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  1. the given equation is $x-\cos(x) = w$
  2. given some $w$ values $-100, -1.9827359827356, 50, 75.2982735, 100\ldots$ maybe many more between, say $-10000\ldots 10000$

Please find some

a) simple !! b) enough accurate

approximation to find $x$

I tried

$a_1 \sin{(z_1 w + z_2)} + a_2 \sin{(z_3 w + z_4)} + a_3 \sin{(z_5 w + z_6)} ... + w + constant$

and found some good but it was something like at least $9 \sin$ things to get a good approximation.

Can you find more simple still somewhat accurate approx equation for this ?

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  • $\begingroup$ Could you make both "simple" and "accurate" more precise, please? As it is, this isn't really a mathematical question. $\endgroup$
    – qfwfq
    Mar 10, 2021 at 19:13
  • $\begingroup$ Enough accurate = smaller average error square than 0.02. Simpler .. no nine sin things ... shorter to write. $\endgroup$
    – Ytrewq
    Mar 10, 2021 at 19:26
  • $\begingroup$ What happens if you try one iteration of Newton's method with starting value $x_0=w$? $\endgroup$ Mar 10, 2021 at 19:29
  • $\begingroup$ I tried Newton .. it works but the approx equation is too large. I used Mathematica. $\endgroup$
    – Ytrewq
    Mar 10, 2021 at 19:30
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    $\begingroup$ Related: math.stackexchange.com/questions/1053472/… $\endgroup$ Mar 10, 2021 at 21:04

2 Answers 2

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A rather good approximation is $$x=w-\frac{6 (-1766 \sin (2 w)+\sin (4 w)-3676 \cos (w)+156 \cos (3 w))}{45380 \sin (w)-380 \sin (3 w)-8916 \cos (2 w)+\cos (4 w)+37483}$$ which is the result of one single iteration of a method of order $8$.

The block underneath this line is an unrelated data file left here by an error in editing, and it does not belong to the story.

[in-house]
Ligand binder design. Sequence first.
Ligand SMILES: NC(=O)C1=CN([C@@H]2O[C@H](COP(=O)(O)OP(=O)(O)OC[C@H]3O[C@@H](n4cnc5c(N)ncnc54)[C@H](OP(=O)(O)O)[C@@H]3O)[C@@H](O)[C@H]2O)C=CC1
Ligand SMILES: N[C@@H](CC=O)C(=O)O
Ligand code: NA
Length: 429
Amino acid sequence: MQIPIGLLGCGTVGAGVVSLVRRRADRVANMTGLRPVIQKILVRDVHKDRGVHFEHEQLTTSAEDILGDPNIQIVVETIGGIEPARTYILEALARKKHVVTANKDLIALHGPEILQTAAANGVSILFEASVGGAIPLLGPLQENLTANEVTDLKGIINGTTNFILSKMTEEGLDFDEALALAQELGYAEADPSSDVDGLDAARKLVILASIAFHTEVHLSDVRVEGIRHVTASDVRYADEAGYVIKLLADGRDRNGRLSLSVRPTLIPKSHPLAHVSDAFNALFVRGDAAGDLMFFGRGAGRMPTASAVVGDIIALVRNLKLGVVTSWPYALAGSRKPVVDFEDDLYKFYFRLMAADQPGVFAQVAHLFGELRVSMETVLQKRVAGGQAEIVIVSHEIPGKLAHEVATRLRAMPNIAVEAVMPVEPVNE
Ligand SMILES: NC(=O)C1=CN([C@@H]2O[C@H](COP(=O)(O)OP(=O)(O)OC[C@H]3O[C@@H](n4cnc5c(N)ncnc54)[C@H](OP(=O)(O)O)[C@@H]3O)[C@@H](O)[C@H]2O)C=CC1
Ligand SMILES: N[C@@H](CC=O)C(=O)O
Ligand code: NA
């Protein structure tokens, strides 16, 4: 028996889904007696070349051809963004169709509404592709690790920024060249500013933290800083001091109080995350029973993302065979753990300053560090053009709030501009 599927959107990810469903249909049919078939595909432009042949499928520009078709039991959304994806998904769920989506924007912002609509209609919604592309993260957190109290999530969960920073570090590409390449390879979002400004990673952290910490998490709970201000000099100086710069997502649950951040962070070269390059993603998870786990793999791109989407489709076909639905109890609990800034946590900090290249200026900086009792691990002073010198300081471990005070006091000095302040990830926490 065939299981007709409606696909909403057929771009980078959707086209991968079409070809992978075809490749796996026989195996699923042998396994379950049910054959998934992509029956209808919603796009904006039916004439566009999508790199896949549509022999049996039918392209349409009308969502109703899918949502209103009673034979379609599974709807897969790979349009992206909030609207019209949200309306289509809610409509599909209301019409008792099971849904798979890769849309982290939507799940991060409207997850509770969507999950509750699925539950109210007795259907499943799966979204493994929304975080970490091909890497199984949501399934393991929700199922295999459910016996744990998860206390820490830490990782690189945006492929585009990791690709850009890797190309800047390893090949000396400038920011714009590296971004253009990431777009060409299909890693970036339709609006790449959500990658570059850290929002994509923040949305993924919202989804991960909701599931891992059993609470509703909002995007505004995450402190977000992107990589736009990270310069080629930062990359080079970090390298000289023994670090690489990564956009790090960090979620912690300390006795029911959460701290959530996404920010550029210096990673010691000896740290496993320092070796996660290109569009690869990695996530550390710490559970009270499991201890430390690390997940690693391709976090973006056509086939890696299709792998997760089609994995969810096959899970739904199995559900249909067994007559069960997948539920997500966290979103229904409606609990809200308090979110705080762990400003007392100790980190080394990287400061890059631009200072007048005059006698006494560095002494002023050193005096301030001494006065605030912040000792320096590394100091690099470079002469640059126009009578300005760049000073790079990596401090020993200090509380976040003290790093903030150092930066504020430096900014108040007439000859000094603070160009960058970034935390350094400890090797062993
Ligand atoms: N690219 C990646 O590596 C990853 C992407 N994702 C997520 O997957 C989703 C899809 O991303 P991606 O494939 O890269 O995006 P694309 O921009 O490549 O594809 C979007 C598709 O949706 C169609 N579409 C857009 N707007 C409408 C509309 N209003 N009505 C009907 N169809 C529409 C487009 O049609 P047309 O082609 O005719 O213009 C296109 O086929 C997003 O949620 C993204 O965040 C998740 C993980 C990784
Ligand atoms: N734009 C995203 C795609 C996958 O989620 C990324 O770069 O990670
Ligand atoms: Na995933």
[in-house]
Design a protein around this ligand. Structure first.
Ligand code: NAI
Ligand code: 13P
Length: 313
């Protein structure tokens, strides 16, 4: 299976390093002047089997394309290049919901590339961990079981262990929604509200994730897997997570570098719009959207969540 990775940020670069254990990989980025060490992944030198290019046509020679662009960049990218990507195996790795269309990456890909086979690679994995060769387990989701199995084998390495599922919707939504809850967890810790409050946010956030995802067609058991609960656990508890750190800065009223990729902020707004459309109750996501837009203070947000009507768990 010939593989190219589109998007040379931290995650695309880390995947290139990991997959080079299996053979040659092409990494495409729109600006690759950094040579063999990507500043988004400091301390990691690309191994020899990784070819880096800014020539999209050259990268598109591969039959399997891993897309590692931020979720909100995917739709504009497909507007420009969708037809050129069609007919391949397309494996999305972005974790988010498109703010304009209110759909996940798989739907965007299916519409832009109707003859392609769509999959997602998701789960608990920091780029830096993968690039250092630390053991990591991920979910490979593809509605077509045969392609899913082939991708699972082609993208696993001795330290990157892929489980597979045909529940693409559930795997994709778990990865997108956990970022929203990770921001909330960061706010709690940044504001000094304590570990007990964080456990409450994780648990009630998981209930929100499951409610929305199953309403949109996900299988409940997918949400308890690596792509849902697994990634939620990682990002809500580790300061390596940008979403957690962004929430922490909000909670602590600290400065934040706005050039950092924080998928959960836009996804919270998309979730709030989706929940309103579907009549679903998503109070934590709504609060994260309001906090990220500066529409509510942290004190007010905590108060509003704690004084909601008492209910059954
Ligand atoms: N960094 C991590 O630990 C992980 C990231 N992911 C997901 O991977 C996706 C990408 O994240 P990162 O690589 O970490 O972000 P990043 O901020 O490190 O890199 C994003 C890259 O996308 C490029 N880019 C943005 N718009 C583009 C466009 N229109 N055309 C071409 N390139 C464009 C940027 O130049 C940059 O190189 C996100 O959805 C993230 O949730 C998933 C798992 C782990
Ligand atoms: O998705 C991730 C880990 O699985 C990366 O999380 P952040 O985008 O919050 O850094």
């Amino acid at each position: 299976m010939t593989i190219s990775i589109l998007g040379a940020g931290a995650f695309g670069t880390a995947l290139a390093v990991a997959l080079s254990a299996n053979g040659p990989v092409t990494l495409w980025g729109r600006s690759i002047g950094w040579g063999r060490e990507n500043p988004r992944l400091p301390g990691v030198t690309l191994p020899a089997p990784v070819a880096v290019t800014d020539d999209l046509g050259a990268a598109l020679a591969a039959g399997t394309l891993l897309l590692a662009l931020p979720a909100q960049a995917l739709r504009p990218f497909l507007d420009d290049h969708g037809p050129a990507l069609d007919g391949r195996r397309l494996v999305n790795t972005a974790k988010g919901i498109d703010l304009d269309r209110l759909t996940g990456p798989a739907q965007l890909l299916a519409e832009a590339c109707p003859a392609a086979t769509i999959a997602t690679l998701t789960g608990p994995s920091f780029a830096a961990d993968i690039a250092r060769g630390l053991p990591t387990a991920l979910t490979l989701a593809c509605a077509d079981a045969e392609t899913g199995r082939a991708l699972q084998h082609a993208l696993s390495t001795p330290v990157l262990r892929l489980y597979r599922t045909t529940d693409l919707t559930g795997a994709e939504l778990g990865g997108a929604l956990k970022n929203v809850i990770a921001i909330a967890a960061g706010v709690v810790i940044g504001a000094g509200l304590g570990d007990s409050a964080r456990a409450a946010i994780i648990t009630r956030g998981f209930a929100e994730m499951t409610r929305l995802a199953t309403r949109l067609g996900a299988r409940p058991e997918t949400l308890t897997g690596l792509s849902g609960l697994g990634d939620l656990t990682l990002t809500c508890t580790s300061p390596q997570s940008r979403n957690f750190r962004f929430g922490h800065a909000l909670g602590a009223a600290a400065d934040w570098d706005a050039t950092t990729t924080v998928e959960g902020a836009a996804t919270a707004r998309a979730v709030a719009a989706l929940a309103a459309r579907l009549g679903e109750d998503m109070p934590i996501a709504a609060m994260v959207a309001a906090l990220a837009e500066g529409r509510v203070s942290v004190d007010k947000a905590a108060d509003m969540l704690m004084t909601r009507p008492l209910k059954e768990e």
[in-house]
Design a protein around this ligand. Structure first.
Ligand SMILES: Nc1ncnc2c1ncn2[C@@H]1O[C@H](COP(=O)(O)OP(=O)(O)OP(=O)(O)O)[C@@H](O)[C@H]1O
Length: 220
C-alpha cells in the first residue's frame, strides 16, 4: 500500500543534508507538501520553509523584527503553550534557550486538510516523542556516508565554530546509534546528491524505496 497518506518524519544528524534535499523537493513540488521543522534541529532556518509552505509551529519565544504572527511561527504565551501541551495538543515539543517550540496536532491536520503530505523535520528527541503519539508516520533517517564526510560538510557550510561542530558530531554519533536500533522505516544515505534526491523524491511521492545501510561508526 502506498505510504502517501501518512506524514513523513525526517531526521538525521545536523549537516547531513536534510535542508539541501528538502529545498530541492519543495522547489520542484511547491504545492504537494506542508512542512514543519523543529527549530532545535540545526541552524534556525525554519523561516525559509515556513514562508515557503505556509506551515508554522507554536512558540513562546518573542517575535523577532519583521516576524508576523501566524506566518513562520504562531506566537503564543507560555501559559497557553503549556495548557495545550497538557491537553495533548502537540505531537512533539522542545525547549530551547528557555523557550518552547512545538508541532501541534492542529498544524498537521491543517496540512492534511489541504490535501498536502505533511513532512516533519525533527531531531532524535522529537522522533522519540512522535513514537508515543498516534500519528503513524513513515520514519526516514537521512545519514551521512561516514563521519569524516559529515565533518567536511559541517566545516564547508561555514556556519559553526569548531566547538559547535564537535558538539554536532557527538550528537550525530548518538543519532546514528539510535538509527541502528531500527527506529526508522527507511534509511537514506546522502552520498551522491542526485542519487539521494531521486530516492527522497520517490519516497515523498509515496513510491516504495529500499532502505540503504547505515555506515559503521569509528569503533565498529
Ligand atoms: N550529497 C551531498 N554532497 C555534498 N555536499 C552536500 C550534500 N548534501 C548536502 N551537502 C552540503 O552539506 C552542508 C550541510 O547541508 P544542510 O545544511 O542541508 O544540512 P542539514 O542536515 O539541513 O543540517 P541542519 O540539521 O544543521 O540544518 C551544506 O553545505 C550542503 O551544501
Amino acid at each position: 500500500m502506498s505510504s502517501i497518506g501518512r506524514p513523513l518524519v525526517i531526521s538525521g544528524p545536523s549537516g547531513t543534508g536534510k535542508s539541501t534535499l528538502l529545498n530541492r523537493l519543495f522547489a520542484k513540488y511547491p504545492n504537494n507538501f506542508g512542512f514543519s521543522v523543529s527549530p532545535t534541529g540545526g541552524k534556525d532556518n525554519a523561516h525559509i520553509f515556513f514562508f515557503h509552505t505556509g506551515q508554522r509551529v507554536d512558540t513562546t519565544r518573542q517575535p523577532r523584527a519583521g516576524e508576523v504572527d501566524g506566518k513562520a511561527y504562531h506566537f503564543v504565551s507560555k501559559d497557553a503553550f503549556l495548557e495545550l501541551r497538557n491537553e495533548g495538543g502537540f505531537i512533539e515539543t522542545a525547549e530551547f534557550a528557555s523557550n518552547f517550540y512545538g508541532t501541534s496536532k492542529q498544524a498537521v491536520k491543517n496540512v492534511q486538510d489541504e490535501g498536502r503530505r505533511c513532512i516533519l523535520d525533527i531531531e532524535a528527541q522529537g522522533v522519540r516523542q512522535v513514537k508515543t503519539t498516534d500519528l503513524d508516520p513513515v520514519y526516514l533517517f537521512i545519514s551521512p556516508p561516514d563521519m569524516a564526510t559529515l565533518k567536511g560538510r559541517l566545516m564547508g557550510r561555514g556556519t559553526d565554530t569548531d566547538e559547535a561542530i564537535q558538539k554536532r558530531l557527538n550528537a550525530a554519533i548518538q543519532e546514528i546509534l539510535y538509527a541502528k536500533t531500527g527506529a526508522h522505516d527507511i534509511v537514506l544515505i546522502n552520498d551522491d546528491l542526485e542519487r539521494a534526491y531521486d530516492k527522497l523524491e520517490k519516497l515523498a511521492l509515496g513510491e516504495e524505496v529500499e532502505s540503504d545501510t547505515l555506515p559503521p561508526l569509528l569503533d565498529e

Trying for $w=\pi^k$ $$\left( \begin{array}{ccc} k & \text{estimate} & \text{solution} \\ 1 & 2.402303939 & 2.402507520 \\ 2 & 8.967638069 & 8.970865828 \\ 3 & 31.89675206 & 31.89410931 \\ 4 & 96.66186737 & 96.66210022 \\ 5 & 305.0248861 & 305.0781580 \\ 6 & 962.1032272 & 962.1030947 \\ 7 & 3019.254913 & 3019.325573 \\ 8 & 9488.852896 & 9488.852896 \\ 9 & 29809.05062 & 29809.05062 \\ 10 & 93647.19019 & 93647.19169 \end{array} \right)$$

Edit

In a comment, the questioner wonders if this is a Padé approximant. The funny answer is that it is and it is not at the same time.

As done, it was the first iterate of an high order iterative method.

But, if we consider the $[1,n]$ Padé approximant (built around $x=w$) of the function $$f(x)=x-\cos(x)-w$$ it would write

$$P_n(x)=\frac{-\cos(w)+ a^{(n)} (x-w) } {1+\sum _{i=1}^n b_i^{(n)} (x-w)^i }$$ and the approximate solution is $$x_{(n)}=w +\frac{\cos(w)}{ a^{(n)} }$$ but $a^{(n)}$ depends on the function and derivative values at $x=w$, we find again Newton $(n=0)$, original Halley $(n=1)$, original Householder $(n=2)$ formulae. For example $$P_0=(x-w) (\sin (w)+1)-\cos (w)$$ $$P_1=\frac{\frac{(x-w) \left(2 \sin ^2(w)+4 \sin (w)+\cos ^2(w)+2\right)}{2 (\sin (w)+1)}-\cos (w)}{1-\frac{(x-w) \cos (w)}{2 (\sin (w)+1)}}$$

The given result would correspond to $[1,6]$ which is order $8$.

What is amuzing is that for some $n$ appears also a cotangent terms. For example $[1,3]$ gives $$x=w+\frac{2}{9} \left(1-\frac{2}{\cot \left(\frac{w}{2}\right)+1}+\frac{17 \sin (2 w)+302 \cos (w)}{60 \sin (w)-\cos (2 w)+131}\right)$$

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    $\begingroup$ This looks great ! Can you tell how you did it? It looks something like Pade approximation but exponents replaced with sines and cosines. $\endgroup$
    – Ytrewq
    Mar 11, 2021 at 17:53
  • $\begingroup$ @Ytrewq. It is and it is not a Padé approximant !I shall edit to add a funny point. $\endgroup$ Mar 12, 2021 at 4:50
  • $\begingroup$ The only thing i can do now is to find some larger integers to get a little better approximation. After many hours running Excel evolutive solver, it suggests 27404, 61101, 1882, -606096, -48616, 8987, -548633 instead of -1766, -3676, 156, 45380, -380, -8916, 37483. Thanks for your effort. $\endgroup$
    – Ytrewq
    Mar 13, 2021 at 20:48
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For convenience, I am treating $y=x-\sin(x)$, which is just a translate of the original equation.

This function is odd and can be repeated by translation, so it is enough to solve in $[-\frac\pi2,\frac\pi2]$. Inspired by its Taylor development, we look at the graph of

$$\sqrt[3]{x-\sin(x)}$$ which is very close to a straight line. Hence the linear approximation

$$\sqrt[3]y\approx\frac2\pi\sqrt[3]{\frac\pi2-1}\,x.$$

enter image description here

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